Trapezium

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trapezium

1. Chiefly Brit a quadrilateral having two parallel sides of unequal length
2. Now chiefly US and Canadian a quadrilateral having neither pair of sides parallel
3. a small bone of the wrist near the base of the thumb

Trapezium

(tră-pee -zee-ŭm) A very young open cluster of stars, protostars, gas, and dust that lies in the Orion nebula and is part of the Orion association. There are four prominent young main-sequence stars, which form the multiple star θ1 Orionis and are of spectral class O6, B1, B1, and B3. These stars excite and ionize the nebula. They form a trapezium and are visible with a small telescope.

Trapezium

 

the multiple star θ1 Orionis, located in the middle part of the Great Nebula of Orion. The star has nine known components, the four brightest of which (A, B, C, and D in Figure 1) form the vertices of a trapezium.

Figure 1. The Trapezium; the arrows at six of the stars indicate their proper motions over 1,000 years and the tangential velocity components on the scale indicated in the figure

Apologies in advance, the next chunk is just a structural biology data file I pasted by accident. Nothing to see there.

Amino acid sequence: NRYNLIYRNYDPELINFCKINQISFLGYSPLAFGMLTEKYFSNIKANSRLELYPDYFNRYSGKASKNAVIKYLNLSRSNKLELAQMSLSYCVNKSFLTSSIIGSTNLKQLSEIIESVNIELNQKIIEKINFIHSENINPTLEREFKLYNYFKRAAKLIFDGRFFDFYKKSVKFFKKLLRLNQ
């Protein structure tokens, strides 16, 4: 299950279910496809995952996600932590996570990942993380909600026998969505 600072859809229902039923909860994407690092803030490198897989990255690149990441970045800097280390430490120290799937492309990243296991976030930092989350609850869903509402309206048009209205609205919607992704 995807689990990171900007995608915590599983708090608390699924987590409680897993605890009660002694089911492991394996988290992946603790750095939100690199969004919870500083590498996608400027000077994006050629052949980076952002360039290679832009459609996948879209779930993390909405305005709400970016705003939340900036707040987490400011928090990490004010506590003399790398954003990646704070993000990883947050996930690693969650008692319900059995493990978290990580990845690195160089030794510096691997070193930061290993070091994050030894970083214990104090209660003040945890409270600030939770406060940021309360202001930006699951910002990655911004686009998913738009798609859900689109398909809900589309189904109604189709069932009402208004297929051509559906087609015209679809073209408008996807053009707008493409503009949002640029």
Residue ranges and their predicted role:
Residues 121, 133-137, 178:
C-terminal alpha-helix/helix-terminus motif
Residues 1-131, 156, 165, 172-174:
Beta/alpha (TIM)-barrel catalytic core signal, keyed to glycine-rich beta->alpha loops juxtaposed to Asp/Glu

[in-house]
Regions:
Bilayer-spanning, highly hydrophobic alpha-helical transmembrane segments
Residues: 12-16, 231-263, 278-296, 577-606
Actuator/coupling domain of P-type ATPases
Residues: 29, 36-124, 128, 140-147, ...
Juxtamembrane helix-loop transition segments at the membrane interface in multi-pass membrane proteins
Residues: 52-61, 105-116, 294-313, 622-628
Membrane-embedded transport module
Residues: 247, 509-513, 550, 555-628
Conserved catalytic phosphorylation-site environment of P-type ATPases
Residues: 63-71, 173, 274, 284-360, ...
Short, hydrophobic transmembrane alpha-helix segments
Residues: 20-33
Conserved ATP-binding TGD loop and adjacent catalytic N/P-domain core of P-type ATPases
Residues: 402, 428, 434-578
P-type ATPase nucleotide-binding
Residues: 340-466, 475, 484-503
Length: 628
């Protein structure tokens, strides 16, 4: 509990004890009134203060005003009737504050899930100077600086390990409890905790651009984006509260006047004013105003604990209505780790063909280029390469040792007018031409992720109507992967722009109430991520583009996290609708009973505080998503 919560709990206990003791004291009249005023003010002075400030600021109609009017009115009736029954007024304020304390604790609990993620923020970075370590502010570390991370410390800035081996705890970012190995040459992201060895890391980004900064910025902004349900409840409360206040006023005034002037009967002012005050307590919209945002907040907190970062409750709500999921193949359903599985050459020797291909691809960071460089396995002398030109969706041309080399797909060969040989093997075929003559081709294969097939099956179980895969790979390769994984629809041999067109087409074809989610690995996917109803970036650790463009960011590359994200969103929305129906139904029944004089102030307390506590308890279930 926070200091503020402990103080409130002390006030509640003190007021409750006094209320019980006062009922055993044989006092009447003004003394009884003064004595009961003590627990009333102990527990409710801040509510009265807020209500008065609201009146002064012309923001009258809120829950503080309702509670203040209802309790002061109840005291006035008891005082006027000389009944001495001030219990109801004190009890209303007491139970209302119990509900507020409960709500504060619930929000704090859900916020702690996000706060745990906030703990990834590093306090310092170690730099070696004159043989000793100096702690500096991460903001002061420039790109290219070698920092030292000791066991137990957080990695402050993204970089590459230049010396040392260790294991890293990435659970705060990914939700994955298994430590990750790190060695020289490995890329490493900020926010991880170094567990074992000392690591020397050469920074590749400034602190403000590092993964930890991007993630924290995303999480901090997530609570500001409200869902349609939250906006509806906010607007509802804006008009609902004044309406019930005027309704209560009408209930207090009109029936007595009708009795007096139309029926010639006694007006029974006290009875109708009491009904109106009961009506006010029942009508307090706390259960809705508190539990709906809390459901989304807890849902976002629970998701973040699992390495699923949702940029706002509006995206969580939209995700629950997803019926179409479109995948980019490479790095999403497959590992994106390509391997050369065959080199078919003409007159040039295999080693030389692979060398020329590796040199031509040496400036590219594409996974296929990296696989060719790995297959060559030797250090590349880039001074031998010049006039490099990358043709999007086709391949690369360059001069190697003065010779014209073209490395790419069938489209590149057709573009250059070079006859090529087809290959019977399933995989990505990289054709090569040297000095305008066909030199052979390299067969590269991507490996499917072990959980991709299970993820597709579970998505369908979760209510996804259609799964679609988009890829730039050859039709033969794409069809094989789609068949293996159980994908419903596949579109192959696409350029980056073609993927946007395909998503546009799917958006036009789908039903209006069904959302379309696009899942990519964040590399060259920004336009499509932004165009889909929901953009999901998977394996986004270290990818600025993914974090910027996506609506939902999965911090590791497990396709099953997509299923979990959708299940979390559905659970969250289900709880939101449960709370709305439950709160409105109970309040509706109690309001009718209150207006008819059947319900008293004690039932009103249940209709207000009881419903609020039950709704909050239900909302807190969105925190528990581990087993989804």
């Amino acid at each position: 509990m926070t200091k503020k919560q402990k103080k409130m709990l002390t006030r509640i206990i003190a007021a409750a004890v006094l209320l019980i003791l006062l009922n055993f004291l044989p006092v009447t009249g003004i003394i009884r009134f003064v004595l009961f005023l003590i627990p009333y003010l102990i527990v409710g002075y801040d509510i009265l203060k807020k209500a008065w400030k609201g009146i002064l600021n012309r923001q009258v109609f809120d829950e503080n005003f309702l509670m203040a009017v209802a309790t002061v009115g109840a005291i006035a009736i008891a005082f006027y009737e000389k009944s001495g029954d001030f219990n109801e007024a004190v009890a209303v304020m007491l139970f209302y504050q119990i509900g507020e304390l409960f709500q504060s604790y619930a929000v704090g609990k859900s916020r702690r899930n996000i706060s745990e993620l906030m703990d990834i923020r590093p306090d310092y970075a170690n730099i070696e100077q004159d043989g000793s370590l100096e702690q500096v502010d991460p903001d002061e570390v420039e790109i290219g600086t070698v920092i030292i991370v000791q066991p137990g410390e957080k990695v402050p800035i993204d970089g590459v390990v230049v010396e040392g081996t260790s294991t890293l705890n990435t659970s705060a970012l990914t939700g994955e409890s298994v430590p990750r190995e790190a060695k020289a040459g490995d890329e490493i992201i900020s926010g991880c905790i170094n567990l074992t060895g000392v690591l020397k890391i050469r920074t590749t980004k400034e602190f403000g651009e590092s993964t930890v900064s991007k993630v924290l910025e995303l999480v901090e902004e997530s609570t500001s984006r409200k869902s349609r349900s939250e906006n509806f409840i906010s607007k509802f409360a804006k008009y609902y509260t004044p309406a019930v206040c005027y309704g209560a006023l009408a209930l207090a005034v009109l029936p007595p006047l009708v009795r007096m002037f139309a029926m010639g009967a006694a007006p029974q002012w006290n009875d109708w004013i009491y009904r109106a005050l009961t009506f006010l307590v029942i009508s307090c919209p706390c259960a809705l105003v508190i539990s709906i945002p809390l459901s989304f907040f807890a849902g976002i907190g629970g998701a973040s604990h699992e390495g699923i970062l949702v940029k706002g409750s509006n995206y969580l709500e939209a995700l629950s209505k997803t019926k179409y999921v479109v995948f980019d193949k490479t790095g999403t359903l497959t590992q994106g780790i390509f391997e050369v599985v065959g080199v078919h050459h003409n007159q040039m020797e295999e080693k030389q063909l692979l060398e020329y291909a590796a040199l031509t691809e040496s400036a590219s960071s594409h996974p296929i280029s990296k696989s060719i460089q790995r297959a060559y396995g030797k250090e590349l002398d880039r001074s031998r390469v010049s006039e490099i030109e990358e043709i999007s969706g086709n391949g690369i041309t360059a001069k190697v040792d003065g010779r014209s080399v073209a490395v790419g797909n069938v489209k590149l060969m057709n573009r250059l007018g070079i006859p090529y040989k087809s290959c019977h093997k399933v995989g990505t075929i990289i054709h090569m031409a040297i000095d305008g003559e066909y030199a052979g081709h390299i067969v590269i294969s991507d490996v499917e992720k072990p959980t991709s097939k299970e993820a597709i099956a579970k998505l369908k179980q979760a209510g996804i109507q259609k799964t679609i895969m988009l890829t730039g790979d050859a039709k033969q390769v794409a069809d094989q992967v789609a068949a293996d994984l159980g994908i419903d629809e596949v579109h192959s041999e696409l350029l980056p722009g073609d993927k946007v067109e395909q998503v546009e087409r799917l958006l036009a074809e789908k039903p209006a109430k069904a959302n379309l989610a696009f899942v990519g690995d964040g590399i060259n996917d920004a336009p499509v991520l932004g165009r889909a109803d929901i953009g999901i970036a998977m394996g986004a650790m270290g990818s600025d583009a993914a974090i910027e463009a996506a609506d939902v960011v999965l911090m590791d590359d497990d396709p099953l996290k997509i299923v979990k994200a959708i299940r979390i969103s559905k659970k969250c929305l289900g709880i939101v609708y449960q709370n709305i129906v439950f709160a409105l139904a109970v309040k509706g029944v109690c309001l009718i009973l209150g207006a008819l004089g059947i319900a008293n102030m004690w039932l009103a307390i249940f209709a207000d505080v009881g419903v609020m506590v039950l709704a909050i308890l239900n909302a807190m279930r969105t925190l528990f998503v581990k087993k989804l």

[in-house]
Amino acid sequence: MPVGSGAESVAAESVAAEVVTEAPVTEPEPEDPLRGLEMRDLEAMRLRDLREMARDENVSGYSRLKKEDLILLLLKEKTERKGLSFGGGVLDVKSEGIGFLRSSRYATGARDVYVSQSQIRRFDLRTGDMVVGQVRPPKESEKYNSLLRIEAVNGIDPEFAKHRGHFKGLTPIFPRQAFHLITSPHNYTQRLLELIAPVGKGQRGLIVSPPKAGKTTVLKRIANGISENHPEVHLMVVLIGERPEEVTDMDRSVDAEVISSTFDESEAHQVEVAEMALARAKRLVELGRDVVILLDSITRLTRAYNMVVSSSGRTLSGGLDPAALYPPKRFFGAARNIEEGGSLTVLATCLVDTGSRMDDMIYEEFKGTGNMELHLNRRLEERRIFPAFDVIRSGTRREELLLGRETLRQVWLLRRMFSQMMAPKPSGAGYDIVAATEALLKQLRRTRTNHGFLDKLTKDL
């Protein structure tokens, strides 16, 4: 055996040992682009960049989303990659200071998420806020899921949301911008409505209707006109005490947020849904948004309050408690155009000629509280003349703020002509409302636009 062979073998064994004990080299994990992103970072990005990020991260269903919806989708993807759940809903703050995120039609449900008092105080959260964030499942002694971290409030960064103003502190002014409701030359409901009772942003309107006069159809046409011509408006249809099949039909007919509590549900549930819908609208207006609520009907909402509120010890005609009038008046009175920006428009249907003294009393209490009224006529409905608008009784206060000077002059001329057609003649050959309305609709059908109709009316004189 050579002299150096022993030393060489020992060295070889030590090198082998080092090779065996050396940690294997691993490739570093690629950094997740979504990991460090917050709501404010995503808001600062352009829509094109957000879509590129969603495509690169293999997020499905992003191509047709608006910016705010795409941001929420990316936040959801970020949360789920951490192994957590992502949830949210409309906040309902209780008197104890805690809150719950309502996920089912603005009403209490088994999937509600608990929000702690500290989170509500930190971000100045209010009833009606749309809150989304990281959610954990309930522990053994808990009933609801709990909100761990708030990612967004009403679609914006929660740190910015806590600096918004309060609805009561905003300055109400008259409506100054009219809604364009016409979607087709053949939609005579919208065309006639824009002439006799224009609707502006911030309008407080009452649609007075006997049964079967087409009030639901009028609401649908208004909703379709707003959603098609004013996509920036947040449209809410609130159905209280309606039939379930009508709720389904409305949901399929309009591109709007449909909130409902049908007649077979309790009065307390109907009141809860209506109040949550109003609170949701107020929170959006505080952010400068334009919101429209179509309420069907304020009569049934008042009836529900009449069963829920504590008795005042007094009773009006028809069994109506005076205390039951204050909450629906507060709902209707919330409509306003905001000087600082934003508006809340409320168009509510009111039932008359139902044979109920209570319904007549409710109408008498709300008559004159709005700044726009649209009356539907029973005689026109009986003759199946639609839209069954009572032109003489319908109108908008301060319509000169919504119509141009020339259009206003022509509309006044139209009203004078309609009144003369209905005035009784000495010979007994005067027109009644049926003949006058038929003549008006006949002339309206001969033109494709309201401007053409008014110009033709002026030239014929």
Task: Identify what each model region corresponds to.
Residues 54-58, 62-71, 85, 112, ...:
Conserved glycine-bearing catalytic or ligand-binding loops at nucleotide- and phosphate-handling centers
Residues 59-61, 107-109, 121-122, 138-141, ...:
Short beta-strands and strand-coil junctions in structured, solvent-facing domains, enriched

In 1949, V. A. Ambartsumian discovered a number of similar stellar systems, in which the distances between components are of the same order of magnitude. Such systems came to be called Trapezium-type multiple stars. The periodic orbital motions observed in ordinary multiple stars are unlikely in Trapezium systems; consequently, such systems should be regarded as unstable and in the process of breaking up. According to Ambartsumian’s determinations, Trapezium systems break up in a few million years. It follows that such systems observed at the present time cannot be older than a few million years and are therefore young formations. A considerable number of Trapezium-type multiple stars are found in stellar associations.

trapezium

[trə′pē·zē·əm]
(mathematics)
A quadrilateral where no sides are parallel.

Trapezium

[trə′pē·zē·əm]
(astronomy)
Four very hot stars that appear to the eye as a single star in the Great Nebula of Orion; the star symbol is M42.